Joe Zawinul is probably best known as the versatile keyboardist for fusion pioneers Weather Report. But his part in the story of American jazz goes back over a decade earlier, when he worked with another pioneer. Julian "Cannonball" Adderley refined a brand of instrumental music known as "soul jazz." Adderley’s alto sax was the fire in the engine of his quintets and sextets, an engine that grooved down the bumpy blue highways of the recently desegregated South.
But if Adderley provided the fuel, the Austrian-born Zawinul often served as navigator, laying out the band’s routes with propulsive, thoughtful compositions. Cannonball Plays Zawinul
, released this past year, is a compilation of 10 of the keyboardist’s maps taken from eight albums Cannonball cut for Capitol Records between 1961 and 1971. There’s much of interest on this disc: road markers that point in the direction Zawinul would later travel with Weather Report; a blend of musics that aptly captures many (though not all) of the modes and means jazz players used in their during the decade; above all, some crazy, jamming jazz with grooves deep enough to get lost in and indefatigable solos you’ll listen to countless times.
The disc gets right to the point with the opening track, "74 Miles Away," with Zawinul’s insistent piano vamp and a solo that kills, a head straight out of hard-bop land but with the rough edges of the form removed, and a classic Cannonball solo that growls and soars, freaks out and soothes. At nearly 14 minutes, the tune moves like the start of an exciting trip, with Drummer Rod McCurdy crashing and rolling along like he’s looking over the driver’s shoulder, following every twist and turn in the road.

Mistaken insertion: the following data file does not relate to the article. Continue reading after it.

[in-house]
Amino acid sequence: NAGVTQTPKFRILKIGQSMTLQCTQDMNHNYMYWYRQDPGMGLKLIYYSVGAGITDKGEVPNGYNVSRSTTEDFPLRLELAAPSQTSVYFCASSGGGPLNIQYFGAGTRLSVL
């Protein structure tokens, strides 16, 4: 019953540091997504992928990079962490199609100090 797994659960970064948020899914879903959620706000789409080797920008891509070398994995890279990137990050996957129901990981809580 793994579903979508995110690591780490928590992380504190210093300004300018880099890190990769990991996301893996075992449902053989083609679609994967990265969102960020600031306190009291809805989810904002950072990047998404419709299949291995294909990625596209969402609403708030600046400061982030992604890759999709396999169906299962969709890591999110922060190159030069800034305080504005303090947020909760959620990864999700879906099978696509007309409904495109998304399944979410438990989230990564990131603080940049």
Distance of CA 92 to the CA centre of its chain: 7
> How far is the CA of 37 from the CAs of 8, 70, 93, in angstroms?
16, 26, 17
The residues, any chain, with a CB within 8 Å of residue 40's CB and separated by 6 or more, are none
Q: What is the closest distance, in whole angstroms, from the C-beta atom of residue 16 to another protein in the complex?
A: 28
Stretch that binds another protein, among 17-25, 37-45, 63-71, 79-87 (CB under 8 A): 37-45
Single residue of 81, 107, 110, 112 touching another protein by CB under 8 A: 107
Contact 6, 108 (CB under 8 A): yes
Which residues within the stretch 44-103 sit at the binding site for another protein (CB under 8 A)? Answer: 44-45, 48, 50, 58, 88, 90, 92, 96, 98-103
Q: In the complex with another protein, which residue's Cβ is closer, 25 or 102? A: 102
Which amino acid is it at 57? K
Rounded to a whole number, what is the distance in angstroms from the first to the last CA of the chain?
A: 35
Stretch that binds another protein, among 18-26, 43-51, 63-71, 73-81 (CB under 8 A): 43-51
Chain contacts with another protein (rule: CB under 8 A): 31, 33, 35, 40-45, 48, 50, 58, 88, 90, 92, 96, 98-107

"Mystified (aka Angel Face)" is a short, poppy bossa nova out of some groovy ’60s soundtrack - just a little cheesey, but too in-the-pocket to turn to Velveeta - while "Money in the Pocket" is a rump-shaking boogaloo a la Lee Morgan’s "The Sidewinder."
"One Man’s Dream," "Hippodelphia" and "Yvette" bounces over a lot of jazz history in a few short minutes, from straight-ahead to an increasing sense of freedom. By "freedom," I don’t mean Free Jazz, though the band is fearless enough to venture into such terrain; rather I mean a freedom of expression and emotion, particularly an Ellingtonian sense of romance bopper’s eschewed throughout much of the ’50s and ’60s.
No Cannonball Adderley album is complete without a little of the saxophonist’s patter: His voice is as resonant and distinctive as his horn as he introduces one of the songs he and Zawinul were best known for, a straight-ahead version of "Mercy, Mercy, Mercy."
"Ndo Lima" finds Adderley and company in African mode, a common gimmick of the late ’60s that didn’t always work. Here, the orchestration is a little odd, but the horn-and-percussion chorus is appropriately evocative. Zawinul later picked up this little figure and turned it into "Badia" for Weather Report, the fate of several other numbers on this disc as well.
The last tune, "Dr. Honorus Causa," Zawinul wrote for his esteemed colleague, Herbie Hancock. This version, cut in 1971, after Zawinul had split the band and was enjoying great success with Weather Report, features George Duke on keys and a distinctly post-electric Miles feel. That’s no coincidence, since Zawinul had a few years earlier joined the Black Prince of Jazz on some of his early forays into the wild, pulsating electric stuff for which Davis became both loathed and adored.
Compilations usually don’t turn me on, but I’ll listen to just about anything the underrated Cannonball Adderley did, and the all-Zawinul program provides an excellent framework, focusing on an excellent bit of a life’s work as huge and full as you’d expect from a guy named Cannonball.